Evolving Risk Management:  Given the current and potentially challenging future cybersecurity environment, it will likely be more difficult for organizations to manage the risks presented by evolving technologies.  Many corporations already face complex issues related to the cloud, regulation (or the lack of regulation), the IoT and the emergence of 5G and quantum technologies.  As organizations invest in emerging and innovative technologies, they will need to effectively manage current risk across their enterprise, anticipate future innovation and should be prepared for internal evolution as well.  

For an organization, this means that corporate risks related to innovation should be evaluated prior to adopting new technologies.  Understanding the business context, the resources that support critical functions, and the related cybersecurity risks is also key to effective risk management.  The function of cybersecurity is to protect and support the business and should be aligned with corporate goals and objectives. 

As organizations and communities become increasingly connected and embrace new innovation, preparing for the future may demand a more adaptive, flexible, approach to risk management.  Thomas Huckabee examined risk, growth and innovation and maintains that adaptive risk management should include early involvement in the innovation cycle.  He further claims that, to allow for greater growth and innovation, “risk management programs must be equipped to effectively identify, assess, and manage innovation risk. Applying rigor, using multiple approaches, pushing the organization to periodically adjust risk appetite, adding sophisticated skills and tools, and comprehensively monitoring how successfully the program is tackling innovation-related risk best help risk executives meet their organization’s strategic objectives.”  (2019)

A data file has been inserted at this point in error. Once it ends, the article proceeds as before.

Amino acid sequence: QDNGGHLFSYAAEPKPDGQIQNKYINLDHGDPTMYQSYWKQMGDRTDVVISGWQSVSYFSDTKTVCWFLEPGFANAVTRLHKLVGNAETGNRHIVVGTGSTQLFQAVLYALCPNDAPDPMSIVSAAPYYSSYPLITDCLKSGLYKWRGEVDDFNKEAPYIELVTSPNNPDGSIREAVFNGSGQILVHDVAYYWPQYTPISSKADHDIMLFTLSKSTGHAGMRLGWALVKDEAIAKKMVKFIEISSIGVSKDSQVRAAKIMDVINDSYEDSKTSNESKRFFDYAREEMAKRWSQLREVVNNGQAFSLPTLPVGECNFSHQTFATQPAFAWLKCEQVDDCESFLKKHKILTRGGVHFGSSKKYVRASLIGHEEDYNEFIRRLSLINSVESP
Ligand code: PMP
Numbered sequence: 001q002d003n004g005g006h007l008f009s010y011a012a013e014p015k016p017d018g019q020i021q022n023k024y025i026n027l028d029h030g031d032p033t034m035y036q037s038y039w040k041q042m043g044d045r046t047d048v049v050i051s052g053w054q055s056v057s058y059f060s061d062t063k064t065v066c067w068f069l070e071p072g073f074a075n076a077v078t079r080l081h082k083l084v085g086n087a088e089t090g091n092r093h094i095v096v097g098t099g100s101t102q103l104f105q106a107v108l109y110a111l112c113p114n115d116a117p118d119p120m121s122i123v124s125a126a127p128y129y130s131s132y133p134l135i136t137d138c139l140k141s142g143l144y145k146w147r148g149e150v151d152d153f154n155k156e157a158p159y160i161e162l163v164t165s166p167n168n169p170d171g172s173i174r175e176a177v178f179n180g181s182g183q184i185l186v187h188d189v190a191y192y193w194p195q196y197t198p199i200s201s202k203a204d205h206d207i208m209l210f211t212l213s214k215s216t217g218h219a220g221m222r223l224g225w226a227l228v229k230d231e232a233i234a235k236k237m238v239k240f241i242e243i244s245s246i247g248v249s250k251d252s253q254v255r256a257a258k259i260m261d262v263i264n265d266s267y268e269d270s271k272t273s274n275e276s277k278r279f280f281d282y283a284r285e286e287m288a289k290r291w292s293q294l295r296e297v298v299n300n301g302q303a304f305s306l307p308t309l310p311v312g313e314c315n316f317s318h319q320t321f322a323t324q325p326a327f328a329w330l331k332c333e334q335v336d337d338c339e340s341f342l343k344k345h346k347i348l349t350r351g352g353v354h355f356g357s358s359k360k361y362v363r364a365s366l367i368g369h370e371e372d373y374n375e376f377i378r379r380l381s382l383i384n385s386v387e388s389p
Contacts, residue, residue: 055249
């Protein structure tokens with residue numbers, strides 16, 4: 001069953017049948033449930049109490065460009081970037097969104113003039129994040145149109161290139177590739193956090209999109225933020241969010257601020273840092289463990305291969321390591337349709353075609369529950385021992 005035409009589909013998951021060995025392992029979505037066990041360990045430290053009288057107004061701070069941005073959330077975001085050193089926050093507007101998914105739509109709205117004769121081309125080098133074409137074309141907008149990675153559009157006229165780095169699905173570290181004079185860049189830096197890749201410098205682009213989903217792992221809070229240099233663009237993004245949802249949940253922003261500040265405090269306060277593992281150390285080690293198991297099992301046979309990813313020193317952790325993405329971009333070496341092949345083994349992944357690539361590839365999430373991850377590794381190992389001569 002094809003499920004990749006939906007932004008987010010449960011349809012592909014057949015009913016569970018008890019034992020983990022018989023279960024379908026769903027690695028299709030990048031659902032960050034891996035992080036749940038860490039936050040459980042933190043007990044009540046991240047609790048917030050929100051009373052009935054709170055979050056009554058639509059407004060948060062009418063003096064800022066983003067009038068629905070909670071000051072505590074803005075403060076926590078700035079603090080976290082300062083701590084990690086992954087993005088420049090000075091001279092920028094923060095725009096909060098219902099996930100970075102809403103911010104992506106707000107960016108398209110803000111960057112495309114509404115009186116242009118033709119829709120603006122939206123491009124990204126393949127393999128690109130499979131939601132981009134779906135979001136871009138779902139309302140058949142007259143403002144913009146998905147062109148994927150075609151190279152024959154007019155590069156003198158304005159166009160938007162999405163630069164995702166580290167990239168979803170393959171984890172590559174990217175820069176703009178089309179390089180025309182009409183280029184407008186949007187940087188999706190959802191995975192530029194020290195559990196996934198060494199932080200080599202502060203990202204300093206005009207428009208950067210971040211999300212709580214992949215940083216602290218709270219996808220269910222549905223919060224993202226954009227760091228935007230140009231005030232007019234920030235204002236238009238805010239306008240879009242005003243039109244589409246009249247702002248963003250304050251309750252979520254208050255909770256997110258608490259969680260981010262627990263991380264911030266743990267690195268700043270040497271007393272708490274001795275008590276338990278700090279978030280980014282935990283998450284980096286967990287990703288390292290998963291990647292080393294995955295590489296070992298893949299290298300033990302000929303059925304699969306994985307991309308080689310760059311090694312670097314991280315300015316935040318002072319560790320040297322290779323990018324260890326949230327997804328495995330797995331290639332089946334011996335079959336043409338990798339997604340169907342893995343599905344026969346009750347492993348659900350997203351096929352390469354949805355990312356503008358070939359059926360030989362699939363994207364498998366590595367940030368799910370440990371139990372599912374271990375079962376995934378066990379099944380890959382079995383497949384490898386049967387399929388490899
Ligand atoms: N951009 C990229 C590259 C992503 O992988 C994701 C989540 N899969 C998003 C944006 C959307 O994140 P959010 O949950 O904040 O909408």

Reinforce, enable, and share cybersecurity industry best practices and tools. In some cases, like the SolarWinds breach, it was clear that basic cyber hygiene was missing in some agencies and organizations and made it easier for cyber threat actors to breach their systems.  At the very least, common practices like multi-factor authentication, zero-trust, and other basic approaches to cybersecurity should be adopted and implemented across all corporations and sectors.  Playbooks, the NIST Framework and other documents can provide stakeholders with guidance on how to assess and improve their current cybersecurity.   The Cybersecurity and Infrastructure Security Agency (CISA) has also made a document on Cybersecurity and Physical Security Convergence available to the public that offers insight into protecting cyber-physical systems and industries that have adopted the IIoT.  

There are countless benefits to a connected society, but it is one that also introduces considerable, shared security risks.  Considering the exponential growth of digital connections in a world where attackers can hide, undetected, in systems for sometimes months or even years, prioritizing cyber and physical security is fundamental.  Despite steps in the right direction, more needs to be done.  In fact, it should be concerning to note that “a significant share of manufacturers….have yet to build the cyber capabilities to secure some of these business-critical systems. Given the rapid pace at which new technologies are added to factories via smart factory use cases, IT and OT leaders may be unprepared to respond to new threats that arise.” (Deloitte, n.d.) To increase collective cyber resilience, it is more important than ever to strengthen partnerships, encourage and enable public-private collaboration, to secure the supply chain, encourage industry best practices, and to consider new ways to safeguard the future and innovations that promise to make our lives better. lock


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  2. Cybersecurity for Smart Factories. Tools for Managing Cyber Threats to Manufacturing. (n.d).  Deloitte. 
  3. Diamond, Tyler; Grayson, N; Polk, W; Regenscheid, A; Souppaya, M; Scarfone, K. Validating the Integrity of Computing Devices. NIST Computer Security Research Center.  (March 2021). 
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  7. Executive Order on America’s Supply Chains. (2021). In White House Press Releases, Fact Sheets and Briefings / FIND. Federal Information & News Dispatch, LLC.
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Connie Uthoff